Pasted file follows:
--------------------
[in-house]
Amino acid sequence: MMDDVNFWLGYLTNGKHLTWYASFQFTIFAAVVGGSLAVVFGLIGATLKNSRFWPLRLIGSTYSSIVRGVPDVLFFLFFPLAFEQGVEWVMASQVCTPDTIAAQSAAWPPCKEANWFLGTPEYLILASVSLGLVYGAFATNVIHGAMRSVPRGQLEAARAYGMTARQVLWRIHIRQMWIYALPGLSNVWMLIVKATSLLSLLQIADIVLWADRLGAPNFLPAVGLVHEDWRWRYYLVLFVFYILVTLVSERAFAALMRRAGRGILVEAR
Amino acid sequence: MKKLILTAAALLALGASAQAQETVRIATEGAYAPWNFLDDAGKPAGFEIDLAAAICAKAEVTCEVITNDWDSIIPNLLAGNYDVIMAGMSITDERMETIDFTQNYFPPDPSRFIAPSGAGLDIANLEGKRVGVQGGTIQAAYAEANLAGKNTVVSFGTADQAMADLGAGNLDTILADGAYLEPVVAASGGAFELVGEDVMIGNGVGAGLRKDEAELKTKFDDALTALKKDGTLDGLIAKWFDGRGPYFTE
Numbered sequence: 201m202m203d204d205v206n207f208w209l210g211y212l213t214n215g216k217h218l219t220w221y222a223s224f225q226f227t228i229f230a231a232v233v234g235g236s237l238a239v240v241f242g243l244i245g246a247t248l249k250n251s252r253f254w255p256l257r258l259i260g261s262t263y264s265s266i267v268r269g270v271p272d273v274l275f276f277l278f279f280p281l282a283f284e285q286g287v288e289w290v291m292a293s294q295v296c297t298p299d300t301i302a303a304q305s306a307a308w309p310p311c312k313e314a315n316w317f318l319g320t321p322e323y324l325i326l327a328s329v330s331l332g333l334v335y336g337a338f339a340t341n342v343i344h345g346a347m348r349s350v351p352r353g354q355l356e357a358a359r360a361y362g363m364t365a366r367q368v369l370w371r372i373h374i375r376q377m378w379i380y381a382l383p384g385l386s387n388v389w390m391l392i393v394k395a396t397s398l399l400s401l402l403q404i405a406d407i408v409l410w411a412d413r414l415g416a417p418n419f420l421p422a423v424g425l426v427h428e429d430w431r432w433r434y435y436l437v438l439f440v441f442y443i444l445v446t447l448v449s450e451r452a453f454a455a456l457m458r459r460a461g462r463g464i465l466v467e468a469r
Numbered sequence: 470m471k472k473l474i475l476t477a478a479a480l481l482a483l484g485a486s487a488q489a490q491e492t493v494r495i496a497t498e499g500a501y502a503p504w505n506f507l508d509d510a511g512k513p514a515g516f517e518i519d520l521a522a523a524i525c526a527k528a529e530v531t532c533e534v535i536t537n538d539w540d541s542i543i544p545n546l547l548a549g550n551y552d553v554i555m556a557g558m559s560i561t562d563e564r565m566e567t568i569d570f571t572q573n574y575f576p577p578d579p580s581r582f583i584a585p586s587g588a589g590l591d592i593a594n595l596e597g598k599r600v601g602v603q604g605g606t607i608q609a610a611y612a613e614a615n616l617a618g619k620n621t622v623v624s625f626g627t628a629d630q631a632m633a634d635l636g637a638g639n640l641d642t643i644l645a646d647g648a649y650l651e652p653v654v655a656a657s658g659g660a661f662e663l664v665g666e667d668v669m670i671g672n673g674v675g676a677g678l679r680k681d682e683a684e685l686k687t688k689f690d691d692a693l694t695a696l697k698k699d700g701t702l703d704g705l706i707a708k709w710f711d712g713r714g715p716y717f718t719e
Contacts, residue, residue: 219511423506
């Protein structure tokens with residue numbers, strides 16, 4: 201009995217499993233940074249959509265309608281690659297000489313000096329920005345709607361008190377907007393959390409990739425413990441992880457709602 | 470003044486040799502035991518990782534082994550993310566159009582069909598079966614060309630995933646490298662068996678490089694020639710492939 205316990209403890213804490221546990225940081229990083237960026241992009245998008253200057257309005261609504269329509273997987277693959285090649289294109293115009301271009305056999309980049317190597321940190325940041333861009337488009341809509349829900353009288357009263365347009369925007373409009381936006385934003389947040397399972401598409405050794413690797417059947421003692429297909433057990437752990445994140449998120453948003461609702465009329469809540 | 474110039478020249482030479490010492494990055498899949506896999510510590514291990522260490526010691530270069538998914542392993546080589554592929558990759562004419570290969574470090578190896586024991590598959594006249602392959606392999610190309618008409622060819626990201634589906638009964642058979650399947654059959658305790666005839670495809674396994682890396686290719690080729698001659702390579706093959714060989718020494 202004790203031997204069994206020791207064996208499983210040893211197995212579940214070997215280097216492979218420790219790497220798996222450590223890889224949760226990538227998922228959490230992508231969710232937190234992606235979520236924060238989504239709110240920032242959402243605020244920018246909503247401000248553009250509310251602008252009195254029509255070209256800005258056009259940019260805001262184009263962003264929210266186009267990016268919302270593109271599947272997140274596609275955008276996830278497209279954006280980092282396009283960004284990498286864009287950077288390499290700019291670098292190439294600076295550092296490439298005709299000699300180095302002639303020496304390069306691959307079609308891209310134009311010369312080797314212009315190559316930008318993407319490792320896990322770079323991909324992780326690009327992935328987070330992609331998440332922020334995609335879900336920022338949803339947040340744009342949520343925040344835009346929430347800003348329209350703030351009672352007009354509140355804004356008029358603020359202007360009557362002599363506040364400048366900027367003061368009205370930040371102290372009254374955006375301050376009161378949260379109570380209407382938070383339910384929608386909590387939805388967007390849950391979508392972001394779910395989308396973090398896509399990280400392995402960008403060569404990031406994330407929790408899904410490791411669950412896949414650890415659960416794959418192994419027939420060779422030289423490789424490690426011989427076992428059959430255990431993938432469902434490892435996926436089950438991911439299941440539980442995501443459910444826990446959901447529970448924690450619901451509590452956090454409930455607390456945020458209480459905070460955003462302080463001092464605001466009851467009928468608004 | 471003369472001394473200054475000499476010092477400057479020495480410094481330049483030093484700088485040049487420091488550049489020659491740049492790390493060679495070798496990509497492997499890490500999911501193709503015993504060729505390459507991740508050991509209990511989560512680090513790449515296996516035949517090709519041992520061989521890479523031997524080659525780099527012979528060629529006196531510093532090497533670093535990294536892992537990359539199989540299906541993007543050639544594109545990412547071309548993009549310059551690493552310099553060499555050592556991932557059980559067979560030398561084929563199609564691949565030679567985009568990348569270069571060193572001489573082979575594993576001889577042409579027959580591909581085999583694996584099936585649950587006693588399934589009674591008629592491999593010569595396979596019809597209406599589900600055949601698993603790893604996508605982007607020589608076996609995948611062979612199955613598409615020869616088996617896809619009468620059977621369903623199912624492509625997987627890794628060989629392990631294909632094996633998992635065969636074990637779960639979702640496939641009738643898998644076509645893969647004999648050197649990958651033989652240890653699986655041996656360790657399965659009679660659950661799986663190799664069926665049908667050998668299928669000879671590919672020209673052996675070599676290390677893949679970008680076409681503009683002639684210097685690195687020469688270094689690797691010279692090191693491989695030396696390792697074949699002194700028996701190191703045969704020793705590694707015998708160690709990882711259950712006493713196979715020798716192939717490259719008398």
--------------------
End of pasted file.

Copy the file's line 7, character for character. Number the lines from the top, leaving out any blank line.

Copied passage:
């Protein structure tokens with residue numbers, strides 16, 4: 201009995217499993233940074249959509265309608281690659297000489313000096329920005345709607361008190377907007393959390409990739425413990441992880457709602 | 470003044486040799502035991518990782534082994550993310566159009582069909598079966614060309630995933646490298662068996678490089694020639710492939 205316990209403890213804490221546990225940081229990083237960026241992009245998008253200057257309005261609504269329509273997987277693959285090649289294109293115009301271009305056999309980049317190597321940190325940041333861009337488009341809509349829900353009288357009263365347009369925007373409009381936006385934003389947040397399972401598409405050794413690797417059947421003692429297909433057990437752990445994140449998120453948003461609702465009329469809540 | 474110039478020249482030479490010492494990055498899949506896999510510590514291990522260490526010691530270069538998914542392993546080589554592929558990759562004419570290969574470090578190896586024991590598959594006249602392959606392999610190309618008409622060819626990201634589906638009964642058979650399947654059959658305790666005839670495809674396994682890396686290719690080729698001659702390579706093959714060989718020494 202004790203031997204069994206020791207064996208499983210040893211197995212579940214070997215280097216492979218420790219790497220798996222450590223890889224949760226990538227998922228959490230992508231969710232937190234992606235979520236924060238989504239709110240920032242959402243605020244920018246909503247401000248553009250509310251602008252009195254029509255070209256800005258056009259940019260805001262184009263962003264929210266186009267990016268919302270593109271599947272997140274596609275955008276996830278497209279954006280980092282396009283960004284990498286864009287950077288390499290700019291670098292190439294600076295550092296490439298005709299000699300180095302002639303020496304390069306691959307079609308891209310134009311010369312080797314212009315190559316930008318993407319490792320896990322770079323991909324992780326690009327992935328987070330992609331998440332922020334995609335879900336920022338949803339947040340744009342949520343925040344835009346929430347800003348329209350703030351009672352007009354509140355804004356008029358603020359202007360009557362002599363506040364400048366900027367003061368009205370930040371102290372009254374955006375301050376009161378949260379109570380209407382938070383339910384929608386909590387939805388967007390849950391979508392972001394779910395989308396973090398896509399990280400392995402960008403060569404990031406994330407929790408899904410490791411669950412896949414650890415659960416794959418192994419027939420060779422030289423490789424490690426011989427076992428059959430255990431993938432469902434490892435996926436089950438991911439299941440539980442995501443459910444826990446959901447529970448924690450619901451509590452956090454409930455607390456945020458209480459905070460955003462302080463001092464605001466009851467009928468608004 | 471003369472001394473200054475000499476010092477400057479020495480410094481330049483030093484700088485040049487420091488550049489020659491740049492790390493060679495070798496990509497492997499890490500999911501193709503015993504060729505390459507991740508050991509209990511989560512680090513790449515296996516035949517090709519041992520061989521890479523031997524080659525780099527012979528060629529006196531510093532090497533670093535990294536892992537990359539199989540299906541993007543050639544594109545990412547071309548993009549310059551690493552310099553060499555050592556991932557059980559067979560030398561084929563199609564691949565030679567985009568990348569270069571060193572001489573082979575594993576001889577042409579027959580591909581085999583694996584099936585649950587006693588399934589009674591008629592491999593010569595396979596019809597209406599589900600055949601698993603790893604996508605982007607020589608076996609995948611062979612199955613598409615020869616088996617896809619009468620059977621369903623199912624492509625997987627890794628060989629392990631294909632094996633998992635065969636074990637779960639979702640496939641009738643898998644076509645893969647004999648050197649990958651033989652240890653699986655041996656360790657399965659009679660659950661799986663190799664069926665049908667050998668299928669000879671590919672020209673052996675070599676290390677893949679970008680076409681503009683002639684210097685690195687020469688270094689690797691010279692090191693491989695030396696390792697074949699002194700028996701190191703045969704020793705590694707015998708160690709990882711259950712006493713196979715020798716192939717490259719008398």